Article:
Drawathon completed!

I am gradually recovering from an epic drawing session. Thank you everyone who has sponsored me, both commissioning original drawings, and donating to this great cause on my Drawathon. I’m absolutely worn out, and my lungs filtering out two day’s worth of traffic fumes from sitting on street corners!

So here’s the two-day marathon picture-by-picture. London blessed me with sunshine and warm temperatures, as if summer had arrived early. I hadn’t quite prepared for just how gloriously bright and colourful it would be, and as a result I set out inspired and ambitious and attacked my sheet of paper with every hue in my watercolour box, and couldn’t quite stop.

Day One

8.00 am The Shell Building (for Andrew & Jo)

I’m drawing against the sun so glad I brought sunglasses! Though a very simple building, the Shell centre always looks incredibly elegant against the river, a giant monument.

9.30 am View from Waterloo Bridge towards the City (for Paul)

Another Bridge, another bright bright drawing. At this time of the day the city is thrown into extremes of light and shade, so the cityscape is somewhat blurred as I try to pick out shapes from shadows and sun reflecting on glass. There’s so much to take in and the wind is up, blowing my hair all over the place, so I sketch quickly.

11.00 am Middle Temple Gardens (for Jan, Marion and Len)

This areas a lovely place to draw as it’s always fairly quiet, safe for legal suits and wigs going back and forth and the odd tourist. Find a lovely spot on a bench overlooking Middle Temple and in good time to see this Magnolia tree in full bloom, I love how the pinks offset the deep red of the old brickwork. Sit and eat my picnic in the beautiful gardens before braving Fleet Street…

1.00 pm Hoare’s Bank (for Thomas)

A classic building, though made tricky by busy traffic and buses constantly stopping in front of me! The sun is starting to make me light-headed by now, so I endeavour to find some shade.

2.30 pm The Prudential Assurance Building, Holborn (for the Walkers)

A great Victorian building and I’ve never seen it so bright and red as today. I hide in the shade next to Blacks’ opposite and think how funny it is that my mum used to work here before I was born. I’m desperate to spend longer here, as the architecture and ornamentation is so over the top, but time pushes on so I do my best to sketch in every arch. The afternoon’s getting me tired so an indulgent large mocha Frappuccino is in order for a caffeine and sugar hit. Though I fear the whipped cream makes me even sleepier.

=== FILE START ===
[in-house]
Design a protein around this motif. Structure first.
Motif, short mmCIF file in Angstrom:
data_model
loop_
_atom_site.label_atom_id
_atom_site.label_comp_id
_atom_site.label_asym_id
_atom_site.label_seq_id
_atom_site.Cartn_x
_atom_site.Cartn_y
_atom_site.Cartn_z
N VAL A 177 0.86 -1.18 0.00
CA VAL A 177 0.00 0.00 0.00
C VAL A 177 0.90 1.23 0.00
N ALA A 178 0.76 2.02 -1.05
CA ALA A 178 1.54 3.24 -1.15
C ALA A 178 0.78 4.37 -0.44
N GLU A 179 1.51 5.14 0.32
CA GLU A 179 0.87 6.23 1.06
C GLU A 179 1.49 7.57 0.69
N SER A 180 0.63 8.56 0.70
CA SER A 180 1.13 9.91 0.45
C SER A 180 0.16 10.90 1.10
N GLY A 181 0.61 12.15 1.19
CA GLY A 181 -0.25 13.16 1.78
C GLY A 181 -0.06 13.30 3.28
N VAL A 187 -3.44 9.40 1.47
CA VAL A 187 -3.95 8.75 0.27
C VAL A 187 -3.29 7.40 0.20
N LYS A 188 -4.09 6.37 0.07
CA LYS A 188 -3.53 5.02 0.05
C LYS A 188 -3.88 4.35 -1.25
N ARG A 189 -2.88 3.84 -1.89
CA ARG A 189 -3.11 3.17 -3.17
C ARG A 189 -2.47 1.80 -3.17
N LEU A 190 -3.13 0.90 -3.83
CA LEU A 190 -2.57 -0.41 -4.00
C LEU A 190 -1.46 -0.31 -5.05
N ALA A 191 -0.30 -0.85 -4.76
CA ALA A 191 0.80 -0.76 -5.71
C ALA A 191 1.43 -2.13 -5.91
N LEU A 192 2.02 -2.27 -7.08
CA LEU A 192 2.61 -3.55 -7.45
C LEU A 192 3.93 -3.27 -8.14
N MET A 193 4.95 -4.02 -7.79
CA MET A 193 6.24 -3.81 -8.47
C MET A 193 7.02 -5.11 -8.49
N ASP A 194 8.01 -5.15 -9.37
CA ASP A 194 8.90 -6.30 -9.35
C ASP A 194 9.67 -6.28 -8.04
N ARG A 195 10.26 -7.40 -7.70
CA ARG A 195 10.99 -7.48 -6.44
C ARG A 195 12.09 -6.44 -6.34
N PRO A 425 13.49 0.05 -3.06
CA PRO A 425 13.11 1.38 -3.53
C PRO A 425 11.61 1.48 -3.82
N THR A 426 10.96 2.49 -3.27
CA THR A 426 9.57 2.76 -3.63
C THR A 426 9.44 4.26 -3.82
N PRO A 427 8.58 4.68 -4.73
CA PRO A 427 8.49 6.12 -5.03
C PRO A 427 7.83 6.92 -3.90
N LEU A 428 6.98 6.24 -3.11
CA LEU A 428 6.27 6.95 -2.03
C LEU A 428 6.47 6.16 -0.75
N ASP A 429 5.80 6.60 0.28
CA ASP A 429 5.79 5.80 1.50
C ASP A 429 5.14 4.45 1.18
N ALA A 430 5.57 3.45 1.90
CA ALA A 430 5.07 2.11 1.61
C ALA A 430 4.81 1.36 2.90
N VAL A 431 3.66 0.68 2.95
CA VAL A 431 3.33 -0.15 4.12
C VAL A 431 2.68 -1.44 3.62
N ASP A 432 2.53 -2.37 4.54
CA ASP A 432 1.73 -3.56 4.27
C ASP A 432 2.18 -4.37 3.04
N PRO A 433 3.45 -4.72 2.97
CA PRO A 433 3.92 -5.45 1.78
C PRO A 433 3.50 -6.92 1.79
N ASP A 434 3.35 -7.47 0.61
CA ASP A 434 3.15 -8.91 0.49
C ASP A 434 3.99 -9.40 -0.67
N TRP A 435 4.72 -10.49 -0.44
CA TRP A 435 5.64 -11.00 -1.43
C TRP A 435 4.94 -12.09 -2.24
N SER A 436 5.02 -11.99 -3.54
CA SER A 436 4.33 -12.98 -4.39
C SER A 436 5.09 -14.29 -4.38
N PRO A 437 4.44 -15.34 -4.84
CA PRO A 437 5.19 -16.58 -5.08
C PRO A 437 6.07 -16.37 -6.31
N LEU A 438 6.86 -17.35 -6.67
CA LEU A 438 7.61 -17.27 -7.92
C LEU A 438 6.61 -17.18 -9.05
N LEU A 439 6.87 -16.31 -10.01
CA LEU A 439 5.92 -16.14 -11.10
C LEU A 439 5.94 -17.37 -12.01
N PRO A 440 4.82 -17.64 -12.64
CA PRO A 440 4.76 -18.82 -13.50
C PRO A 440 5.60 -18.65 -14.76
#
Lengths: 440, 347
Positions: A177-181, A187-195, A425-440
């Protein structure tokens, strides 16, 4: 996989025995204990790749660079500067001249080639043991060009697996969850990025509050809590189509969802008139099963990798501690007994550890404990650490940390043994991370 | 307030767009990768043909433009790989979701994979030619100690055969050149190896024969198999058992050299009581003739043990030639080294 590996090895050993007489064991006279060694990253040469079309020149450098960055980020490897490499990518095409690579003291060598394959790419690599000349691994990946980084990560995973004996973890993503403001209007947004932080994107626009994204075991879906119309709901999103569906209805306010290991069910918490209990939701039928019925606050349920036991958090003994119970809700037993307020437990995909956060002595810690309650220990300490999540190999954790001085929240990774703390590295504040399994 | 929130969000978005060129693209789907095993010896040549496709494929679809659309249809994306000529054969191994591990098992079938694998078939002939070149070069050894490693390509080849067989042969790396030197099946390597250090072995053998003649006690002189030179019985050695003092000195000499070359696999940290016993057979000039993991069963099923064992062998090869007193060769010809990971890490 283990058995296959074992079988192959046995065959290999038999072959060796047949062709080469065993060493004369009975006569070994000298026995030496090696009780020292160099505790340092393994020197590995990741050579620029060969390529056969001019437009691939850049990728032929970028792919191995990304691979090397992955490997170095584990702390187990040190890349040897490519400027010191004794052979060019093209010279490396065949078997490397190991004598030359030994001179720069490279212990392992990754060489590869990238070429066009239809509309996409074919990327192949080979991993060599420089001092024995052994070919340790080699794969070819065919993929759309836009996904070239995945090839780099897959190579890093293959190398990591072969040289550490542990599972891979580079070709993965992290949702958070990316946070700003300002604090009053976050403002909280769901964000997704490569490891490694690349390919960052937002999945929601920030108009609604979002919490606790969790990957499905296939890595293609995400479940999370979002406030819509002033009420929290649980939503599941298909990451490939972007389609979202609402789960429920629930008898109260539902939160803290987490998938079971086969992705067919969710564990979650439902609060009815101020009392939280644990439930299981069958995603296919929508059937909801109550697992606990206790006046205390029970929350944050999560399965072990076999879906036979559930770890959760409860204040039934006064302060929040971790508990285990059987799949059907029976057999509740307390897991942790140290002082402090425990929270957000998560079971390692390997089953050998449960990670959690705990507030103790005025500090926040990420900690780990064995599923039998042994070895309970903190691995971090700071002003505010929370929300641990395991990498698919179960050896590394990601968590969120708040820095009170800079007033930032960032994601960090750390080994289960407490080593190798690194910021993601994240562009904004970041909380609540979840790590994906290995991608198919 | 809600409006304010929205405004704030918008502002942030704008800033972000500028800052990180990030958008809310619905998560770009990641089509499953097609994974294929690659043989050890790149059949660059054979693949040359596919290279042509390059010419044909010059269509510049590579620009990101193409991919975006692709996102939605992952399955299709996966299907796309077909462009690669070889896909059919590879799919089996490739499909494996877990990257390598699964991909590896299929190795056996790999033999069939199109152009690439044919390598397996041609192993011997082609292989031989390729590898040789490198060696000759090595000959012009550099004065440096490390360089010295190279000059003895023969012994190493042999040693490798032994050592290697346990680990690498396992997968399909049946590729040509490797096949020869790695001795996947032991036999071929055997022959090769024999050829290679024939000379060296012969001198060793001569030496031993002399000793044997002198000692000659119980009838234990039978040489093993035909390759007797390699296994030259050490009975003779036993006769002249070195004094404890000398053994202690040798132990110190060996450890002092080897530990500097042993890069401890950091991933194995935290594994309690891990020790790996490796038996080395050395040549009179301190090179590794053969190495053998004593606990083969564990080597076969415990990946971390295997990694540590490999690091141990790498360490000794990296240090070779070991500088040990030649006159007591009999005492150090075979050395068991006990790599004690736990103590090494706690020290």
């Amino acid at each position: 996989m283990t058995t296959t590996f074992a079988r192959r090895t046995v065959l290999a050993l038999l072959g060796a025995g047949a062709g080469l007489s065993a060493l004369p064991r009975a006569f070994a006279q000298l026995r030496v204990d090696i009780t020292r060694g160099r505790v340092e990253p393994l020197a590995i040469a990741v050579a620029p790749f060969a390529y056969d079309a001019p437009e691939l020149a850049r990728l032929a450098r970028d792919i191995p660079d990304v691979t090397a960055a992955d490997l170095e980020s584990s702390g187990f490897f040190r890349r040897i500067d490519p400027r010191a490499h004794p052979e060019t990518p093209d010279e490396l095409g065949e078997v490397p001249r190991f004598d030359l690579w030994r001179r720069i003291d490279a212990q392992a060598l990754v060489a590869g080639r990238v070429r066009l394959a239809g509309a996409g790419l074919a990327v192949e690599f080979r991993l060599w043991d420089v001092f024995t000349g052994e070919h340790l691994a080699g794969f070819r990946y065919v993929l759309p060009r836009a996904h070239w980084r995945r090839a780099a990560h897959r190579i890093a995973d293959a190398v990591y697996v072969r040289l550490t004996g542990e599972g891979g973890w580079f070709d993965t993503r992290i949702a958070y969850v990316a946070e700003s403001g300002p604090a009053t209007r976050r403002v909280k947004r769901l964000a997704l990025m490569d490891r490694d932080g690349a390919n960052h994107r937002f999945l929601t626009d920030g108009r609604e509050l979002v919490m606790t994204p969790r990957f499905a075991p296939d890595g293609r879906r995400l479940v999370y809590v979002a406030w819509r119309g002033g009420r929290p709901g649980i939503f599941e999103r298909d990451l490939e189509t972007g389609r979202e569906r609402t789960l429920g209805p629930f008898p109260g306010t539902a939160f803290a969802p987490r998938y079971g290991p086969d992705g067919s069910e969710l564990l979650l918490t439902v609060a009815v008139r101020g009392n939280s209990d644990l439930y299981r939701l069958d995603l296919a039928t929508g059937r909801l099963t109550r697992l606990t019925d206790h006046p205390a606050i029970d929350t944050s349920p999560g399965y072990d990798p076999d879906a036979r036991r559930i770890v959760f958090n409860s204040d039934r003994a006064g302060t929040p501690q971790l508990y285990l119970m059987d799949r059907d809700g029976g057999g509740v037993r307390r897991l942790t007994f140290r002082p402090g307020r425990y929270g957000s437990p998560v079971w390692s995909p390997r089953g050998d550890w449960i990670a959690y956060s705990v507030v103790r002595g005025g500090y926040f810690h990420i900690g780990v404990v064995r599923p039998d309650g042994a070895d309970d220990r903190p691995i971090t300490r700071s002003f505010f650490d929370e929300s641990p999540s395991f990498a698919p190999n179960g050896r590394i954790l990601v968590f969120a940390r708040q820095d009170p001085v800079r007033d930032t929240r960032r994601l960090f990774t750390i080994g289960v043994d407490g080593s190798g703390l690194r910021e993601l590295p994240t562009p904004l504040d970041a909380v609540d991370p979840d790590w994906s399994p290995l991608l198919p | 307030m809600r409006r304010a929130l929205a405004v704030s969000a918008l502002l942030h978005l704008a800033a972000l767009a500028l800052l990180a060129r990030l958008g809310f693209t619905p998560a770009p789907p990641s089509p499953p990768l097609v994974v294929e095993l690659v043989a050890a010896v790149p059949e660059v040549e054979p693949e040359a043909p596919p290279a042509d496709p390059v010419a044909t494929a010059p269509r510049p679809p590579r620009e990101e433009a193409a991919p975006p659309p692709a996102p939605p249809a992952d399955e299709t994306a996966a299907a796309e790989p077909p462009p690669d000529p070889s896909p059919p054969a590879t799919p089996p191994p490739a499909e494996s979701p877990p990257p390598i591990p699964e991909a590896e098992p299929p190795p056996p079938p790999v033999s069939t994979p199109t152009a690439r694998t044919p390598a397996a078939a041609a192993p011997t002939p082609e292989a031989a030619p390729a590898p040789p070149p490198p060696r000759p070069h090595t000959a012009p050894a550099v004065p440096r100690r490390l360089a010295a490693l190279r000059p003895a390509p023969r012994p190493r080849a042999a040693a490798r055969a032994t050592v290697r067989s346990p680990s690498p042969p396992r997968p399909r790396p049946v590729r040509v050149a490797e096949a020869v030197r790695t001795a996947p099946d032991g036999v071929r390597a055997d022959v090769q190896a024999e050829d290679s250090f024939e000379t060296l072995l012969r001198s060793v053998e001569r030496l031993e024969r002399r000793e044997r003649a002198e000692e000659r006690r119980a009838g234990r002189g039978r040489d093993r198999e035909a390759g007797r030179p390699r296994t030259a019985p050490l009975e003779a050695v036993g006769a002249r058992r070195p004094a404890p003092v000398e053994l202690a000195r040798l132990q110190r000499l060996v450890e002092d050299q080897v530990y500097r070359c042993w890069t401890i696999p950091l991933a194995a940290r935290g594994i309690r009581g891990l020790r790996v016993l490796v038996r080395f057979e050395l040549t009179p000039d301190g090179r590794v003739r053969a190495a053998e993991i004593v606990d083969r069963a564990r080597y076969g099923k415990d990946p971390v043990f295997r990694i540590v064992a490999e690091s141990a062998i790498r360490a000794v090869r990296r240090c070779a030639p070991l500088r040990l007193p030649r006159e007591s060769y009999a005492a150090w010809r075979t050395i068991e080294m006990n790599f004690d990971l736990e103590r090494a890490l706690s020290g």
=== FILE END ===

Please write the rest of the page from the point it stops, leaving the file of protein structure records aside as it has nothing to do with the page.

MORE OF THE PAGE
3.45 pm St Brides Church, Fleet Street (for Mick)

The wonderful Wren church is neatly slotted into the City fabric and tucked off the street, but that makes it tricky to find the best place to draw. So I ended up sitting cross-legged in the middle of Fleet Street outside the Express building and have city workers tripping up over me every now and then. Once again, the sun is so bright that the shadows are extreme, and London’s Portland stone becomes shades of purples and blue.

5.00 pm The Blackfriars Pub, Blackfriars (for Mick)

Getting very tired now and after another session on a street corner (literally next to road works for new Blackfriars station) my eyes are dry and my lungs tight. But thankfully this request just happens to be my favourite pub in London, so I push through and reward myself with a half of a guest ale.

6.00 pm View of St Paul’s from One New Change (for Mandy)

My lovely friend Mandy was so keen to sponsor me for a good cause that she completely forgot to tell me what to draw! Now she’s moved to Oz for work I figured I would pick her a classic London scene. I have many grumblings about this new shiny shopping centre. But the view from the top is exceptional. Up in the air, my lungs are cleared (as much as they can be in the square mile) and I’m invigorated by the sharpness of the sun, cutting through streets and creating a halo around the monumental cathedral.

7.30 pm Southwark Cathedral (for Simon and Karen)

Very very tired now, and hasten through the street and across London Bridge to get to another cathedral before the light is lost. The garden here has shut up by now and the market traders are all but packed up, but it matters not as this view from the east end is one of my favourites. I love being raised so that I can draw both up and down the cathedral. The sun set casts the end of the church into purple shadows, safe for where it be seen streaming through the south transept window. I have to work fast as the light fades minute by minute, which is very disorienting when you’re trying to draw. By 8.30 its dark and I can’t make any kind of judgement, I take my picture to a street light and in the yellow haze decide its complete.